Instead of inking an exclusive output deal with a single streamer – as Steven Spielberg’s Amblin Partners, Spike Lee’s 40 Acres and a Mule Filmworks, and Vanessa Kirby’s Aluna Entertainment have all done with Netflix – many creatives are now using private equity’s backing to stay independent and sell their wares to the highest bidder, in particular at film markets like Cannes.

It is telling that the new Cannes Film Festival president, from 2023 onwards, will be Iris Knobloch, the head of I2PO, a private equity-backed Special Purpose Acquisition Company (‟SPAC”) set up in 2021 by François Pinault (of Kering fame), Iris Knobloch and Matthieu Pigasse (who owns many media outlets in France, such as Le Monde, Les Inrockuptibles, Radio Nova and Mediawan) for the purpose of acquiring entertainment companies across Europe.

4. The distribution and downturn risks: heavy reliance on streamers and low valuations

However, even flush with all their new PE cash, the indies – and other media content producers – remain dependent on the global streamers for distribution.

Also, it is a known fact, in the movie business, that it is never been possible to scale a content business if you do not own your distribution. If streamers move away from licensing films and shows from third parties, in favor of producing the bulk of their content in-house, or if the influx of new private equity capital inflates the cost of production beyond profitability (due to fast-rising interest rates and heavy reliance on debt financing), the current growth market for indies and other media content producers, and their appeal as PE investments, may vanish.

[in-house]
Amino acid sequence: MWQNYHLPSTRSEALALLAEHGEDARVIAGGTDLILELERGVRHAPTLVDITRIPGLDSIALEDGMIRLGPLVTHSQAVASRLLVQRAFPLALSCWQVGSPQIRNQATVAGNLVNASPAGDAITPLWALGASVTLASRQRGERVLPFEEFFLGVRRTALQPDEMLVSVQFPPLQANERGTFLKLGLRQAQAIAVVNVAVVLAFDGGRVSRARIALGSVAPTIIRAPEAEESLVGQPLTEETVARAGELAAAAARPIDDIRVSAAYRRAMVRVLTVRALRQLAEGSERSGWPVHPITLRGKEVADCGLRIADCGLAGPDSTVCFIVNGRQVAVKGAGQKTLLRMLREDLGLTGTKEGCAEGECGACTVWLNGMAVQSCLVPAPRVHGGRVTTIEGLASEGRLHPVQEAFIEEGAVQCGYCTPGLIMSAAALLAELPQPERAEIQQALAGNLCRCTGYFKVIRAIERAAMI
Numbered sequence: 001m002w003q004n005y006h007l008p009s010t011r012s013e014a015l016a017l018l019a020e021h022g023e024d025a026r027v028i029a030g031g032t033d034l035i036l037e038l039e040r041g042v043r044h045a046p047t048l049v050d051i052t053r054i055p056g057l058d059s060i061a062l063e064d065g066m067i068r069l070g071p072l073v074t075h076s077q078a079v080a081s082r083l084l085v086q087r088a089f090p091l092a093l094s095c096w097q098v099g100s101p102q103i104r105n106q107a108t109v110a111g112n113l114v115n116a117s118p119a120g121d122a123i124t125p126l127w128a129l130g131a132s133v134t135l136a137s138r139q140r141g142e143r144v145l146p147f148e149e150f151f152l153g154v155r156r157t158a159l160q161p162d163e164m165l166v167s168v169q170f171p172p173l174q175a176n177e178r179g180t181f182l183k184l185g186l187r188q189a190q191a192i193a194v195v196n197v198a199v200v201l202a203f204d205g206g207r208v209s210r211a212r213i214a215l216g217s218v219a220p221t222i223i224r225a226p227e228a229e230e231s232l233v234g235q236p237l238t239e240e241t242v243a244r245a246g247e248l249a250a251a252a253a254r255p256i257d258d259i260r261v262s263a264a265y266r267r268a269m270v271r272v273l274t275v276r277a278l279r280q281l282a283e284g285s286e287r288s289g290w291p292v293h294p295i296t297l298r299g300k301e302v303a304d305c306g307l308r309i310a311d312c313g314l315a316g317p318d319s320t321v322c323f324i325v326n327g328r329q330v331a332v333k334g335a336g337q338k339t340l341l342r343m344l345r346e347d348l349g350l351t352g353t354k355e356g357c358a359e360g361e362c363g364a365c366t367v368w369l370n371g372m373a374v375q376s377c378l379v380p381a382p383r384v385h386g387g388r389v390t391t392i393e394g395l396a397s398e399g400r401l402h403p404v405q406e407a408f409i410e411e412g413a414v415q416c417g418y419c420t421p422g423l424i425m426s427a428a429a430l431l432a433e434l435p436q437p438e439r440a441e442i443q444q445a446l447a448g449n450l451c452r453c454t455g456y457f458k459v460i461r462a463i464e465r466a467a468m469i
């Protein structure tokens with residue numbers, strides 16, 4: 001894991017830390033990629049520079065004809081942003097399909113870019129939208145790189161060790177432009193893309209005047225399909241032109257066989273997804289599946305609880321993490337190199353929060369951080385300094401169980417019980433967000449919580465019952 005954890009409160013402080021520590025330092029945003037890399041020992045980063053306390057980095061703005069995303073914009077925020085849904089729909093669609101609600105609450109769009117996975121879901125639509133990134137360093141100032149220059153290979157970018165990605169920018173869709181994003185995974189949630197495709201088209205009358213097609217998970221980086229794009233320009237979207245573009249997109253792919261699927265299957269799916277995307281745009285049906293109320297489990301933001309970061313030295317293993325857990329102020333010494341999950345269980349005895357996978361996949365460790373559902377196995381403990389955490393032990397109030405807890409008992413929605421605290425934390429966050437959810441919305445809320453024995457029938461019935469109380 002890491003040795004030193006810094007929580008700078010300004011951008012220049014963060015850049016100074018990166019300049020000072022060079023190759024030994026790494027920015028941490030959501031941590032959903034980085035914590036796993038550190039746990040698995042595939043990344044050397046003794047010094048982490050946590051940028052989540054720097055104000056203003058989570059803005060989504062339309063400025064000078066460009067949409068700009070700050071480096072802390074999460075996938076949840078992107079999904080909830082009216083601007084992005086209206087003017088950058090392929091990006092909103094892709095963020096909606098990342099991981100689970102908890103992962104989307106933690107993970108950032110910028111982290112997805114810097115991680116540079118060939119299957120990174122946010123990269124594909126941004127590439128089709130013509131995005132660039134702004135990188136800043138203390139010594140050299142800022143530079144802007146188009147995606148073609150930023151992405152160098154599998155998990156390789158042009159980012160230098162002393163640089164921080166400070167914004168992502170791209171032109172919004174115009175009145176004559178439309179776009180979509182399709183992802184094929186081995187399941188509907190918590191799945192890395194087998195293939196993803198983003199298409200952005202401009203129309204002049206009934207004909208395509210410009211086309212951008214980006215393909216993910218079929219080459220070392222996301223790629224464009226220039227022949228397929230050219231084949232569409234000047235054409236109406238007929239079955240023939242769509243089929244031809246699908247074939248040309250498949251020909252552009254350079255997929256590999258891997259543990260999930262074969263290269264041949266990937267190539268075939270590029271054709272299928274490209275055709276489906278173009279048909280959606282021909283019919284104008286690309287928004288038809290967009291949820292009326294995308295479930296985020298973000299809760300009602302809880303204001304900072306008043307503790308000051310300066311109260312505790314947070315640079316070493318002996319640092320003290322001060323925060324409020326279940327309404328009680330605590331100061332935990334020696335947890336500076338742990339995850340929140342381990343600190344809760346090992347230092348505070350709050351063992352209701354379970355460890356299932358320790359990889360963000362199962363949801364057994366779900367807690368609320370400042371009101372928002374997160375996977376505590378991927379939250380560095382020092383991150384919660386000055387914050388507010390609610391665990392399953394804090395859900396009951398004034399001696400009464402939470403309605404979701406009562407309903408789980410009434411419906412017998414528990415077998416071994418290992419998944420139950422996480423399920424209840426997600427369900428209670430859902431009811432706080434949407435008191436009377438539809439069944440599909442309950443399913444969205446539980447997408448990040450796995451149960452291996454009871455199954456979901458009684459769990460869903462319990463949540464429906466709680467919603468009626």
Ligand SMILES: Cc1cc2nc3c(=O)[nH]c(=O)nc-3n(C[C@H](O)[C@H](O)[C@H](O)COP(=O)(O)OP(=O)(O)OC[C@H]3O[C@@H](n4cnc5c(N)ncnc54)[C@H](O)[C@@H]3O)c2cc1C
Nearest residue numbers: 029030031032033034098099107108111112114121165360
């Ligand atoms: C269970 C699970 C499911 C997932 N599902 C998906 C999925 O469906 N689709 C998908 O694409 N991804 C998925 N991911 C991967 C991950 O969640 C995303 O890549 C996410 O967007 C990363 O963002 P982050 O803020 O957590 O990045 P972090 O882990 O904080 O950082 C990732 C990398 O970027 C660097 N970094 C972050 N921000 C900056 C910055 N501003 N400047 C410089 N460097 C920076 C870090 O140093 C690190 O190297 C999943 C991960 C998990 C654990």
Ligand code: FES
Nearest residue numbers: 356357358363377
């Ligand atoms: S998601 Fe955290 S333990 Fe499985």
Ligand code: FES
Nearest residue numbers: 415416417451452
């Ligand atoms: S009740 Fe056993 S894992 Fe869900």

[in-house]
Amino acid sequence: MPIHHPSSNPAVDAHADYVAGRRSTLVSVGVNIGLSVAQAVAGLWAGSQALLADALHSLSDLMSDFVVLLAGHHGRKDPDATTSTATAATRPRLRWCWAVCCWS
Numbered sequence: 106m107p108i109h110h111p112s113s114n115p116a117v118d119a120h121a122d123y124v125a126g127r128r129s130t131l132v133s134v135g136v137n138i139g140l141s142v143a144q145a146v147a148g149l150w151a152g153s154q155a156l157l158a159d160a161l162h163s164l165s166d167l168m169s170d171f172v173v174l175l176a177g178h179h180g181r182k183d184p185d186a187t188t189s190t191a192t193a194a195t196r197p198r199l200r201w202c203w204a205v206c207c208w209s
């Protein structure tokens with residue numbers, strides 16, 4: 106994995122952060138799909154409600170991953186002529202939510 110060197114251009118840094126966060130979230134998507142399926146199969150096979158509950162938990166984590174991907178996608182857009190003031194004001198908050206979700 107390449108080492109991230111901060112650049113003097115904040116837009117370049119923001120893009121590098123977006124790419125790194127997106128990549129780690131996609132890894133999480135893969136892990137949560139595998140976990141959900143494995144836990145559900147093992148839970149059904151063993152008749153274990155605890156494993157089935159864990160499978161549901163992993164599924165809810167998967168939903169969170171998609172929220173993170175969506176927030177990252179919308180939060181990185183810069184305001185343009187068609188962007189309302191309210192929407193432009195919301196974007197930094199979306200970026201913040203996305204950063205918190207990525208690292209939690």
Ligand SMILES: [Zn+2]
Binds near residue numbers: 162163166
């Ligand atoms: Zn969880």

Talent like Witherspoon, Smith and James are on board with the private equity cash, knowing that their financial backers have deep pockets and are willing to sell to the TV channel or streaming service willing to cut the best deal.

By contrast, every entertainment conglomerate is increasingly creating films and TV shows first and foremost for their owned services. Not only that but, with fears of a recession mounting, companies like Netflix, Warner Bros. Discovery and Disney have indicated that they will be more prudent with their content investments.

However, their desire to work with name-brand talent or producers remains, ensuring that firms like SpringHill and Hello Sunshine stay in demand.

Meanwhile, a potential economic downturn could force media firms to take a close look at their valuations. For companies that do not necessarily need the capital and are selling minority stakes, the lower valuations justified by the current market may not meet expectations, leading some founders to wait things out until conditions improve.

But a downturn also could bring opportunities of its own: even if private entertainment and production companies get spooked by low valuations, the public markets could provide them with new opportunities. Could, for example, Lionsgate be in play once it completes its spinoff of Starz?

This is the first time in at least five years where there are real opportunities in the public markets. For firms spending big to gobble up content and production companies, it could lead to bargains that are hard to pass up.

Crefovi’s live webinar: Private equity goes to Hollywood – 4 January 2023